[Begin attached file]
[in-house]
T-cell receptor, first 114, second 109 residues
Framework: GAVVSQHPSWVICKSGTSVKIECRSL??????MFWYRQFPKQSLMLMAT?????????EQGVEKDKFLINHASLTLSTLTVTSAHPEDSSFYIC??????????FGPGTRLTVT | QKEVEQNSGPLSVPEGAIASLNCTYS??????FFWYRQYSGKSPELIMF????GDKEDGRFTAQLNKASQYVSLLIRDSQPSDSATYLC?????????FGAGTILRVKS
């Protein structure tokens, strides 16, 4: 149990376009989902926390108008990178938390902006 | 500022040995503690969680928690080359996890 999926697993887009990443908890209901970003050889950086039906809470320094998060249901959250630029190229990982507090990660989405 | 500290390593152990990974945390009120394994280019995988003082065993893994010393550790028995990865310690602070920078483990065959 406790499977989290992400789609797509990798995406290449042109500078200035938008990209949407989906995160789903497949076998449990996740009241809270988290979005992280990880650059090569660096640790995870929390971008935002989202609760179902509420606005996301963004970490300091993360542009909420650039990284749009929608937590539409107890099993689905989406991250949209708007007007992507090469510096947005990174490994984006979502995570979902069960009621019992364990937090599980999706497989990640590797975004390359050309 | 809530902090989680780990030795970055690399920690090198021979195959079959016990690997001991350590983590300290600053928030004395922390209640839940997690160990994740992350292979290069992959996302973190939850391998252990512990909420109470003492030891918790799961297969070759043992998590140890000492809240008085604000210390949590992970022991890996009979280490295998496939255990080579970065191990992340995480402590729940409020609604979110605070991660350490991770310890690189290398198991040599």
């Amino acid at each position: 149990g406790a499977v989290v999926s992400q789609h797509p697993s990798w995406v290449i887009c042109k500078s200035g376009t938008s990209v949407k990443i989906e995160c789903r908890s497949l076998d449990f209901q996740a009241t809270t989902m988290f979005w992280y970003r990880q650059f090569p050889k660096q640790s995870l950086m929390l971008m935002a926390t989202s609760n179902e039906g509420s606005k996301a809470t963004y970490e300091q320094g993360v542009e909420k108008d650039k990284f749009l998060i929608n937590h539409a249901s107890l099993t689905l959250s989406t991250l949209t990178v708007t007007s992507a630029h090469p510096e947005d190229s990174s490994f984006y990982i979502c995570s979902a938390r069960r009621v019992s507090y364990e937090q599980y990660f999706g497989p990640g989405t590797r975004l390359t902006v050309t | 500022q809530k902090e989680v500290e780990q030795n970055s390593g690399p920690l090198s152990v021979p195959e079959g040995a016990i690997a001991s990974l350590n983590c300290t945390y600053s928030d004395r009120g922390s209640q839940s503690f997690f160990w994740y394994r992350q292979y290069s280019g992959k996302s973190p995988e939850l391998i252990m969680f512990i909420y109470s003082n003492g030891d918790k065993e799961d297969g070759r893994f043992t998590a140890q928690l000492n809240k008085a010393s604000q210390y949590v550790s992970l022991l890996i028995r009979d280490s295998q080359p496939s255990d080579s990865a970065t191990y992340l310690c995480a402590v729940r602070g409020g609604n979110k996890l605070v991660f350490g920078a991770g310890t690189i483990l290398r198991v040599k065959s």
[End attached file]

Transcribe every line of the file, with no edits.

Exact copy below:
[in-house]
T-cell receptor, first 114, second 109 residues
Framework: GAVVSQHPSWVICKSGTSVKIECRSL??????MFWYRQFPKQSLMLMAT?????????EQGVEKDKFLINHASLTLSTLTVTSAHPEDSSFYIC??????????FGPGTRLTVT | QKEVEQNSGPLSVPEGAIASLNCTYS??????FFWYRQYSGKSPELIMF????GDKEDGRFTAQLNKASQYVSLLIRDSQPSDSATYLC?????????FGAGTILRVKS
């Protein structure tokens, strides 16, 4: 149990376009989902926390108008990178938390902006 | 500022040995503690969680928690080359996890 999926697993887009990443908890209901970003050889950086039906809470320094998060249901959250630029190229990982507090990660989405 | 500290390593152990990974945390009120394994280019995988003082065993893994010393550790028995990865310690602070920078483990065959 406790499977989290992400789609797509990798995406290449042109500078200035938008990209949407989906995160789903497949076998449990996740009241809270988290979005992280990880650059090569660096640790995870929390971008935002989202609760179902509420606005996301963004970490300091993360542009909420650039990284749009929608937590539409107890099993689905989406991250949209708007007007992507090469510096947005990174490994984006979502995570979902069960009621019992364990937090599980999706497989990640590797975004390359050309 | 809530902090989680780990030795970055690399920690090198021979195959079959016990690997001991350590983590300290600053928030004395922390209640839940997690160990994740992350292979290069992959996302973190939850391998252990512990909420109470003492030891918790799961297969070759043992998590140890000492809240008085604000210390949590992970022991890996009979280490295998496939255990080579970065191990992340995480402590729940409020609604979110605070991660350490991770310890690189290398198991040599």
């Amino acid at each position: 149990g406790a499977v989290v999926s992400q789609h797509p697993s990798w995406v290449i887009c042109k500078s200035g376009t938008s990209v949407k990443i989906e995160c789903r908890s497949l076998d449990f209901q996740a009241t809270t989902m988290f979005w992280y970003r990880q650059f090569p050889k660096q640790s995870l950086m929390l971008m935002a926390t989202s609760n179902e039906g509420s606005k996301a809470t963004y970490e300091q320094g993360v542009e909420k108008d650039k990284f749009l998060i929608n937590h539409a249901s107890l099993t689905l959250s989406t991250l949209t990178v708007t007007s992507a630029h090469p510096e947005d190229s990174s490994f984006y990982i979502c995570s979902a938390r069960r009621v019992s507090y364990e937090q599980y990660f999706g497989p990640g989405t590797r975004l390359t902006v050309t | 500022q809530k902090e989680v500290e780990q030795n970055s390593g690399p920690l090198s152990v021979p195959e079959g040995a016990i690997a001991s990974l350590n983590c300290t945390y600053s928030d004395r009120g922390s209640q839940s503690f997690f160990w994740y394994r992350q292979y290069s280019g992959k996302s973190p995988e939850l391998i252990m969680f512990i909420y109470s003082n003492g030891d918790k065993e799961d297969g070759r893994f043992t998590a140890q928690l000492n809240k008085a010393s604000q210390y949590v550790s992970l022991l890996i028995r009979d280490s295998q080359p496939s255990d080579s990865a970065t191990y992340l310690c995480a402590v729940r602070g409020g609604n979110k996890l605070v991660f350490g920078a991770g310890t690189i483990l290398r198991v040599k065959s």